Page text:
J

Jeremy Roth

MONTHLY DONOR

United States

Jeremy's Story

Jeremy joined Watsi on September 9th, 2014. Six years ago, Jeremy became the 305th member to automatically support a new Watsi patient every month. Since then, 6,167 more people have become monthly donors! Jeremy's most recent donation traveled 8,700 miles to support Simon, a newborn baby from Tanzania, to fund hydrocephalus treatment.

Impact

Jeremy has funded healthcare for 88 patients in 13 countries.

All patients funded by Jeremy

Simon

Simon is a 3-month old baby boy from Tanzania and the only child to his parents. He was born healthy but when he was two months old he started having fevers and vomiting. His parents tried to seek treatment for him but the medication he was using only helped reduce the fevers. Soon his parents noticed his head was increasing in size and his general health became very poor due to the regular vomiting. His parents depend on small-scale farming for a living and their income is not always enough to get them by. Due to financial challenges, Simon's parents could not afford to take him to a referral hospital in time, hence his condition worsened. Through ALMC Hospital's outreach program, they learned about Simon's condition and the need for him to get treatment. Simon has been diagnosed with hydrocephalus which is putting him in danger of brain damage due to the pressure building up in his head, causing him not to be able to feed well and regular fevers. His parents cannot afford the treatment cost and are asking for help. Simon has been diagnosed with hydrocephalus, a condition in which excess cerebrospinal fluid accumulates in the brain and increases intracranial pressure. As a result of his condition, Simon has been experiencing increasing head circumference, fevers and vomiting. Without treatment, Simon will experience severe physical and developmental delays. Our medical partner, African Mission Healthcare Foundation, is requesting $1,300 to cover the cost of surgery for Simon that will treat his hydrocephalus. The procedure is scheduled to take place on September 7th and will drain the excess fluid from Simon's brain. This will reduce intracranial pressure and greatly improve his quality of life. With proper treatment, Simon will hopefully develop into a strong, healthy young boy. Simon’s mother says, “My son’s head keeps increasing in size and his general health deteriorates as days go by, we are unable to afford the treatment cost. Please help us.”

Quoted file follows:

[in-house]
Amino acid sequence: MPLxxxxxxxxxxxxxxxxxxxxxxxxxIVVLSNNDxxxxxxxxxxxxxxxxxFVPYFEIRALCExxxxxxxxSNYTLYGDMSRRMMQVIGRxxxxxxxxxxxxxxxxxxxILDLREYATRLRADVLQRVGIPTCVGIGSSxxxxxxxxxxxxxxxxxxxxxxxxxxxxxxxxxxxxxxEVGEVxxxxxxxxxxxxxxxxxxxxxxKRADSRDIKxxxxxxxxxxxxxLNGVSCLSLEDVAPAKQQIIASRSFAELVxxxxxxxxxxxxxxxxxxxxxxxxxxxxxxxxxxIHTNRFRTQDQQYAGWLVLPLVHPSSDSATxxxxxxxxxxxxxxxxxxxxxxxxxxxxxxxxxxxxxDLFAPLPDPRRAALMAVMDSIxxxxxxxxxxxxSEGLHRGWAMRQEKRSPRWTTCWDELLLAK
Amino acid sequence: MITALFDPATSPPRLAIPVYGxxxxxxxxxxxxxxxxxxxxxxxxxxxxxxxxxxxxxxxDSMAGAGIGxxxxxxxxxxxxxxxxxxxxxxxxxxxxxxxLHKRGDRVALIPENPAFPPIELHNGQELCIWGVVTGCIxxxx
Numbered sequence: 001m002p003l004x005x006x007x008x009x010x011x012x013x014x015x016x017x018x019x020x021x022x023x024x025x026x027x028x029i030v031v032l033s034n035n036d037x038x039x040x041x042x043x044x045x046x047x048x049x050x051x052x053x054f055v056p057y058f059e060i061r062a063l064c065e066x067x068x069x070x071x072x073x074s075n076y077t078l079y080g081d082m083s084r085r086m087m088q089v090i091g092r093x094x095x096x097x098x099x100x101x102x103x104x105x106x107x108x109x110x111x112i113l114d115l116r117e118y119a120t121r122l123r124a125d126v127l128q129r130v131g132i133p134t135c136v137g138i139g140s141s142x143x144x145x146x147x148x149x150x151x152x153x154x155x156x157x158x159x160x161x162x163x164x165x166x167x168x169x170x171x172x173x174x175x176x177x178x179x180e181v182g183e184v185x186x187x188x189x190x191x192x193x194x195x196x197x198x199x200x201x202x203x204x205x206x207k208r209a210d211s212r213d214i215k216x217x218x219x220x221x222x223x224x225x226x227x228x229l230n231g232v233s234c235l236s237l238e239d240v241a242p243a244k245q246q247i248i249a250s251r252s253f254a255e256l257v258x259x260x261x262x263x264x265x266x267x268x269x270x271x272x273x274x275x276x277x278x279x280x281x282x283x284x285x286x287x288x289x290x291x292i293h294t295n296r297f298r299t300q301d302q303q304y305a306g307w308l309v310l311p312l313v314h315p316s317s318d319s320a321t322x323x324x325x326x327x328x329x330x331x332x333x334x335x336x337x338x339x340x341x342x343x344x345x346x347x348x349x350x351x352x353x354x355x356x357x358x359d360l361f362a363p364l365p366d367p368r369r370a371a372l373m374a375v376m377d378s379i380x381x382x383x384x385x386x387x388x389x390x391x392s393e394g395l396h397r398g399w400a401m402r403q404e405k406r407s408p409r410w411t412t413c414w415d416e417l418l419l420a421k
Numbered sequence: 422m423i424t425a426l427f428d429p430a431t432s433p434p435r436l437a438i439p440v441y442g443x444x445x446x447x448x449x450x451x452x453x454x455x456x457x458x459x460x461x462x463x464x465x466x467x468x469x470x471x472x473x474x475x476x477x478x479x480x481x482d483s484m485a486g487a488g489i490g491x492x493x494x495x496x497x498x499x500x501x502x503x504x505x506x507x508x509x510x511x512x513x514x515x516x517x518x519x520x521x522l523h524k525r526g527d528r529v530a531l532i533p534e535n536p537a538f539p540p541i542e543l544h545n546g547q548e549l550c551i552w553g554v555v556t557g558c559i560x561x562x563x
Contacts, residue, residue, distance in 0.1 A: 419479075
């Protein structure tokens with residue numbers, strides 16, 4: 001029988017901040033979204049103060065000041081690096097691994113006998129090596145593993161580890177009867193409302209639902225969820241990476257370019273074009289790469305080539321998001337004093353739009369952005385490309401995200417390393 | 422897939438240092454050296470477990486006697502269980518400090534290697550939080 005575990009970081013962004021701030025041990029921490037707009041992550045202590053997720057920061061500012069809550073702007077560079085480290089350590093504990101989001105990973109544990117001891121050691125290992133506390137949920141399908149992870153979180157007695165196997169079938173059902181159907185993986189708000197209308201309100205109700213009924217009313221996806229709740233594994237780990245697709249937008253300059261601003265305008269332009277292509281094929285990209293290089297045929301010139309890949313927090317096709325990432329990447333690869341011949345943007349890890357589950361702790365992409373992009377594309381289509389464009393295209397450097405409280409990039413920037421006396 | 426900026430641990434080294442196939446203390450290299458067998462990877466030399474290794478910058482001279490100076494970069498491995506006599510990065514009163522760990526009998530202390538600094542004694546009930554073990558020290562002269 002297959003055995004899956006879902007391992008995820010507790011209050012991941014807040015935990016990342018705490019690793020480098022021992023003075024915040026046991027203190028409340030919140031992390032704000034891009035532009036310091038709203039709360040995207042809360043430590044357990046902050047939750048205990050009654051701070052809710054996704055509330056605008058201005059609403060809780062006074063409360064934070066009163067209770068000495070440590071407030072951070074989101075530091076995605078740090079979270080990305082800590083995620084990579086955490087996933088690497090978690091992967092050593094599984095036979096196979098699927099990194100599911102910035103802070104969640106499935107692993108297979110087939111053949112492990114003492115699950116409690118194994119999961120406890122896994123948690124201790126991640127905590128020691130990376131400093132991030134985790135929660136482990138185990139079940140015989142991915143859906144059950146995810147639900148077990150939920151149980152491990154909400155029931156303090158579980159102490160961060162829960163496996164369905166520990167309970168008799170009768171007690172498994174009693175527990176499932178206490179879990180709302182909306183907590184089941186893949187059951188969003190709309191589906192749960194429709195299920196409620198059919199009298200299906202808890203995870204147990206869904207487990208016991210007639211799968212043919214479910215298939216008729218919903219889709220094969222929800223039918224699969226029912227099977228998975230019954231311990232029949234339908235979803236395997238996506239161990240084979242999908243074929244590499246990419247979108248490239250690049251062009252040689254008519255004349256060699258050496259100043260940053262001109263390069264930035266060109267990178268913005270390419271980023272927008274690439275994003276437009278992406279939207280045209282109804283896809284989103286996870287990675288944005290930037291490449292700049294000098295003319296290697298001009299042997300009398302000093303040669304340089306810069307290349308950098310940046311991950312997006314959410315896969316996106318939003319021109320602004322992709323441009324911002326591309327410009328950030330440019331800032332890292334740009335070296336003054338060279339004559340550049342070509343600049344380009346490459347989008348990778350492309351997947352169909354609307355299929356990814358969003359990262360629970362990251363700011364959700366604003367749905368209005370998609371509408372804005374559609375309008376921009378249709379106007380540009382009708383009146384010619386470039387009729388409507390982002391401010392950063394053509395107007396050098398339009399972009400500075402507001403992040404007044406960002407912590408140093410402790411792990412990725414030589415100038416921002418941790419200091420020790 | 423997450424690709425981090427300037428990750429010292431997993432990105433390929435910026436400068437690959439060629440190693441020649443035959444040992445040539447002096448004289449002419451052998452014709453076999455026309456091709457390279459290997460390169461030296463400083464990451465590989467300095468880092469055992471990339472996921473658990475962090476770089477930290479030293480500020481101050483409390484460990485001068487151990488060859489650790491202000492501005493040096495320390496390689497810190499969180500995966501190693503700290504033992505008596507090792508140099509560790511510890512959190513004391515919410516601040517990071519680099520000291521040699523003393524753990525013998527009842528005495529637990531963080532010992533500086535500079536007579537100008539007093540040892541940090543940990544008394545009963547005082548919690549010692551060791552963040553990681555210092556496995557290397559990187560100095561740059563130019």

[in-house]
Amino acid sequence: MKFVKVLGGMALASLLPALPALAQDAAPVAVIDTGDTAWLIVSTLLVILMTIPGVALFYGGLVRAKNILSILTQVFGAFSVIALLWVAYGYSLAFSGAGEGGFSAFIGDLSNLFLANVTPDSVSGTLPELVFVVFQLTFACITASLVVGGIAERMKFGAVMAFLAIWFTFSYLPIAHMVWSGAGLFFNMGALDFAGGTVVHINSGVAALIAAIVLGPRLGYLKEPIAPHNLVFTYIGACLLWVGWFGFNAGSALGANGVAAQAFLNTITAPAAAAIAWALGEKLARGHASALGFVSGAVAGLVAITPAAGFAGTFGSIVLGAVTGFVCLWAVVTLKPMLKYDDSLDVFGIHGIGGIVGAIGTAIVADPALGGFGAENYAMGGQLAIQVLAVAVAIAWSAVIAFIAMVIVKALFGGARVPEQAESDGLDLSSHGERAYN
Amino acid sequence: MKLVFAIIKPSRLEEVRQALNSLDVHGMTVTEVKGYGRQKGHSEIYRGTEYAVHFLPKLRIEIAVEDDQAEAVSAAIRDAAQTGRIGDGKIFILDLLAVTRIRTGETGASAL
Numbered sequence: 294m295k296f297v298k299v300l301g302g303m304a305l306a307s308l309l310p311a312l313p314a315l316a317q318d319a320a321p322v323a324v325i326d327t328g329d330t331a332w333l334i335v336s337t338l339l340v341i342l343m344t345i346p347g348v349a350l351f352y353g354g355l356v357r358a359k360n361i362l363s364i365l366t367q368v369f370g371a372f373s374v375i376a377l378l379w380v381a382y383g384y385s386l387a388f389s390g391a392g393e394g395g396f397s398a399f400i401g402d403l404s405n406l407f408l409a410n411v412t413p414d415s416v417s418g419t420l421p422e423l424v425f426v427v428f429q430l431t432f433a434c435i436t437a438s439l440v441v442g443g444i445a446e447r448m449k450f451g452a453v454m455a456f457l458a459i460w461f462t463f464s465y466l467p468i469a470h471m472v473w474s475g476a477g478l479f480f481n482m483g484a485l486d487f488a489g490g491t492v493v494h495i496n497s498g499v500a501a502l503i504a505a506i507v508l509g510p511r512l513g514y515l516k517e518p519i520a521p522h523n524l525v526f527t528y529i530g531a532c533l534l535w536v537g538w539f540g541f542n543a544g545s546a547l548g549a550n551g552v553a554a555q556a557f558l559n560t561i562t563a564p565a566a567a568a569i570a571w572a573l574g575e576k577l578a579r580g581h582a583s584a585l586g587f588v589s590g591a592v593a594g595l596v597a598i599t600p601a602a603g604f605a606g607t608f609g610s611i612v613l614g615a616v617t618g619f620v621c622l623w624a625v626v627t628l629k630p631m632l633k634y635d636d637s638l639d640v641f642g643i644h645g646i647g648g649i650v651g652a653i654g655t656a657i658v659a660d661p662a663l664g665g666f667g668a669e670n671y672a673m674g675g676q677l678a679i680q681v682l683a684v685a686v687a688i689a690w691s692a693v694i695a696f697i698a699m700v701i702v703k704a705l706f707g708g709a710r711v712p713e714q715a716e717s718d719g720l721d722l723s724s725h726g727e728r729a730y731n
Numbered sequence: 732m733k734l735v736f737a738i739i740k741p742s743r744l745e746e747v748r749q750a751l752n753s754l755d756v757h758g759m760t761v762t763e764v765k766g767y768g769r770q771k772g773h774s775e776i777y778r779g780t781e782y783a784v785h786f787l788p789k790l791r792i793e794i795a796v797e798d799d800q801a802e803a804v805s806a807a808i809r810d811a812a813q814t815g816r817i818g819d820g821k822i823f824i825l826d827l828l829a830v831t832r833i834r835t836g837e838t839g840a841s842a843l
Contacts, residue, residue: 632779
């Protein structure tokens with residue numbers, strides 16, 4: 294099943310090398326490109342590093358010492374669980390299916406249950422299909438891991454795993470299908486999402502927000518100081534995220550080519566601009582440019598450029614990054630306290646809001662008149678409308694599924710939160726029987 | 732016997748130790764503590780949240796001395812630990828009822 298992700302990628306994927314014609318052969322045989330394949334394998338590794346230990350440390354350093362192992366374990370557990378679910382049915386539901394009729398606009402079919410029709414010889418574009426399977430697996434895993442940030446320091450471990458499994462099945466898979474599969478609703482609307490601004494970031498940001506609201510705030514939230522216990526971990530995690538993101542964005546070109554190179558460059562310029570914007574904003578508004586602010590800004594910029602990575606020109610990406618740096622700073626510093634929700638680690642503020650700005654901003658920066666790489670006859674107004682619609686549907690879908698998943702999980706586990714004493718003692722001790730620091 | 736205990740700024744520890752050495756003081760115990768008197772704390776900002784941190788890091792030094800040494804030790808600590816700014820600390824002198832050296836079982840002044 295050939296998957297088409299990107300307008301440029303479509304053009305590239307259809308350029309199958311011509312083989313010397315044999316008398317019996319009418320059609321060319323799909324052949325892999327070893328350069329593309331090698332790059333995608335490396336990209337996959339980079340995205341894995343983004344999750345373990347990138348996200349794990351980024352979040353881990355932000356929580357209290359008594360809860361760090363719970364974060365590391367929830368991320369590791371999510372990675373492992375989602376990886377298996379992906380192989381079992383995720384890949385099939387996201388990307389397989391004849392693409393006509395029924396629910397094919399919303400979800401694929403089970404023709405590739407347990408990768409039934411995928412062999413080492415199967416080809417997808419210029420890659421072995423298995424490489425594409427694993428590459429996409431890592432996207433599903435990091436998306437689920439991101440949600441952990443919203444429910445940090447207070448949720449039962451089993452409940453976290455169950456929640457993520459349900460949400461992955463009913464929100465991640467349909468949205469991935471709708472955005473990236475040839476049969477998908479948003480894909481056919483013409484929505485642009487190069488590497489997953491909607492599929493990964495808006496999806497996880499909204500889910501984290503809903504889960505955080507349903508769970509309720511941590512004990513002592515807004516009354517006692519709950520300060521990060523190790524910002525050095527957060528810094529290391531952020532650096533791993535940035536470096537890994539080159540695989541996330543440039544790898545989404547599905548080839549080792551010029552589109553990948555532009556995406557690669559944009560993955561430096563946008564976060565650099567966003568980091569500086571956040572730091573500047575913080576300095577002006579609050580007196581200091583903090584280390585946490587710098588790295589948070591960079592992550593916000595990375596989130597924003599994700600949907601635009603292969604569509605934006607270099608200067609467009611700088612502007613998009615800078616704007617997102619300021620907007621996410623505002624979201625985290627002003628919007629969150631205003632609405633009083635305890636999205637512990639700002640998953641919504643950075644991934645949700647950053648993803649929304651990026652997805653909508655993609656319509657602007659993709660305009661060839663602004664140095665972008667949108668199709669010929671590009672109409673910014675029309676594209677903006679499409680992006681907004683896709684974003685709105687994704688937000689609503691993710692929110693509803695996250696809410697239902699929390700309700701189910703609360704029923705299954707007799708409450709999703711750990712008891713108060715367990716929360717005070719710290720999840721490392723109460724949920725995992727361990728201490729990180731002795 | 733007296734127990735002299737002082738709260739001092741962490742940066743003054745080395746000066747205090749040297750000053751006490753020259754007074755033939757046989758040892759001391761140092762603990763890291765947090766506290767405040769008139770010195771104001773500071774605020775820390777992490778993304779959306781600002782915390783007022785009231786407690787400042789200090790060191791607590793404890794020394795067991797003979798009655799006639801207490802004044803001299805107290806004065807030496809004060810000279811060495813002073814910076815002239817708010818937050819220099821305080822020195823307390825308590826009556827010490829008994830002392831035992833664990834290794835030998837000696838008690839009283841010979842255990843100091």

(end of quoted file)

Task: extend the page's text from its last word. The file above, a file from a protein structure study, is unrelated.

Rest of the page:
77% funded

77%funded
$1,004raised
$296to go
Veronicah